Home Wreckers in Search of Moisture: Tips for the Homeowner

The work of FPL’s Durability and Wood Protection Research Unit is broad in scope and includes studies into damage and contamination by decay fungi, mold, and termites. All these household pests are attracted to excess moisture, which can result from inadequate surface drying of condensation, leaks in pipes and foundations, poor ventilation, or flooding.

Homeowners are increasingly concerned about moisture management and indoor air quality. However, chronic moisture problems in a home can lead to more than poor indoor air quality—persistent high moisture can lead to a cascading biological succession from mold to decay to termite damage.

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Blue-black color on walls shows evidence of mold growth. (Photo used with permission from A&J Specialty Services, Inc.)

Mold

Contamination with mold can render a home unlivable, and cleanup may require gutting the entire structure. In some cases, cleanup costs for toxic molds can equal the value of the home!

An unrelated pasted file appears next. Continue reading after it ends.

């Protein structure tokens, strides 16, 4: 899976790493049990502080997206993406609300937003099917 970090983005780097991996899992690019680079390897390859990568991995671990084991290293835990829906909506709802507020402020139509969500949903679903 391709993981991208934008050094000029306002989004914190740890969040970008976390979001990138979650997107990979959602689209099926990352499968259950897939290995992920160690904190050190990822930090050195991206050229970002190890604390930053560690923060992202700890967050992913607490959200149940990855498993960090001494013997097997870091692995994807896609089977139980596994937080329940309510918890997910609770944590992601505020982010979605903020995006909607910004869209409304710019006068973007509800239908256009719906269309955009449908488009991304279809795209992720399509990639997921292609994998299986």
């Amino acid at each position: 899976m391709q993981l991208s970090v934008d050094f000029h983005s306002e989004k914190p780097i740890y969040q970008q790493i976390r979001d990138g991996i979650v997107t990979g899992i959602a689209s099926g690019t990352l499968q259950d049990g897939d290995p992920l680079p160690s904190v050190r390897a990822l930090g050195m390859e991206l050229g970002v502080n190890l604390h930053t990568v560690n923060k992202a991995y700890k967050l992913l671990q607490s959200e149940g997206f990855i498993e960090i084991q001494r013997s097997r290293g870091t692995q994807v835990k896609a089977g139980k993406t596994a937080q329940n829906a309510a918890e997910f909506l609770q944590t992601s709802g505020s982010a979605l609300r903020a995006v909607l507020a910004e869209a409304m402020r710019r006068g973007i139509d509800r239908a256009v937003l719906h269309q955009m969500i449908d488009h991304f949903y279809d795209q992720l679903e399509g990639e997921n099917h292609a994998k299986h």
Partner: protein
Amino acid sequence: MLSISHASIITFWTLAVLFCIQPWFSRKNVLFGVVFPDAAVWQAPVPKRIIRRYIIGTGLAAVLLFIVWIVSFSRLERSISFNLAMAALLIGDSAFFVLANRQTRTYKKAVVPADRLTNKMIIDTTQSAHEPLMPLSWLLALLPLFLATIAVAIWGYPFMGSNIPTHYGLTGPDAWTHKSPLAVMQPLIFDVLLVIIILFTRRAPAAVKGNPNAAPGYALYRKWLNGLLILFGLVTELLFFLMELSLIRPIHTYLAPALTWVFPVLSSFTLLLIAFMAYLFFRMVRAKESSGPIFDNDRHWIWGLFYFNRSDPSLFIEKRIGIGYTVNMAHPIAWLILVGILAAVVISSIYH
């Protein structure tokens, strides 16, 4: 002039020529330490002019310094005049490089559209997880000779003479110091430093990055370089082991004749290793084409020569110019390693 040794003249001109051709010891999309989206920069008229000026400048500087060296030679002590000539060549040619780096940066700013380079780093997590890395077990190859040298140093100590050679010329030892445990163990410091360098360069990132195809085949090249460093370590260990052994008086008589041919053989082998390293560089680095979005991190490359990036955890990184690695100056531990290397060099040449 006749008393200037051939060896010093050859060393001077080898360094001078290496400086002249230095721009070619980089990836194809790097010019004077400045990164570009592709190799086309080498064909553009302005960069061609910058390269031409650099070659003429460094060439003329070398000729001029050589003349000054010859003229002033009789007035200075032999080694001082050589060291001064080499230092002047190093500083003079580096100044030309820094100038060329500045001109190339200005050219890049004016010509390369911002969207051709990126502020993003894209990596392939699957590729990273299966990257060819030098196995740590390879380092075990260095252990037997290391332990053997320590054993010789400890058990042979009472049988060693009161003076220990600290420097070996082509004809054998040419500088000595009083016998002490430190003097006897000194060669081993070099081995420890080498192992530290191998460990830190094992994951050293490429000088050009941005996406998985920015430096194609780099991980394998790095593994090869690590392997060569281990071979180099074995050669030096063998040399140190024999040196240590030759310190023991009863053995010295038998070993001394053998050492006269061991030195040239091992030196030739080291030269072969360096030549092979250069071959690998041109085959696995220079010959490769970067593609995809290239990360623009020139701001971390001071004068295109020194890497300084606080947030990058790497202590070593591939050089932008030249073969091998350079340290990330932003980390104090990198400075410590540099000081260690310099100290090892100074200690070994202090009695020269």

• Mold occurs on the surface of wood exposed to excessive humidity or wet/dry cycling.
  • Visible mold growth is a good indicator of damp conditions or excess moisture.
  • Water vapor in humid air will not wet wood sufficiently to support decay fungi, but it will permit mold growth.
  • Mold, though unsightly, causes insignificant strength loss to structural wood components.
  • Common mold fungi can cause allergic symptoms; however, some molds (Stachybotrys sp.) produce mycotoxins, which cause illness and make homes uninhabitable.
  • New York City Department of Health and the U.S. Environmental Protection Agency have established guidelines for the assessment and remediation of mold fungi in indoor environments.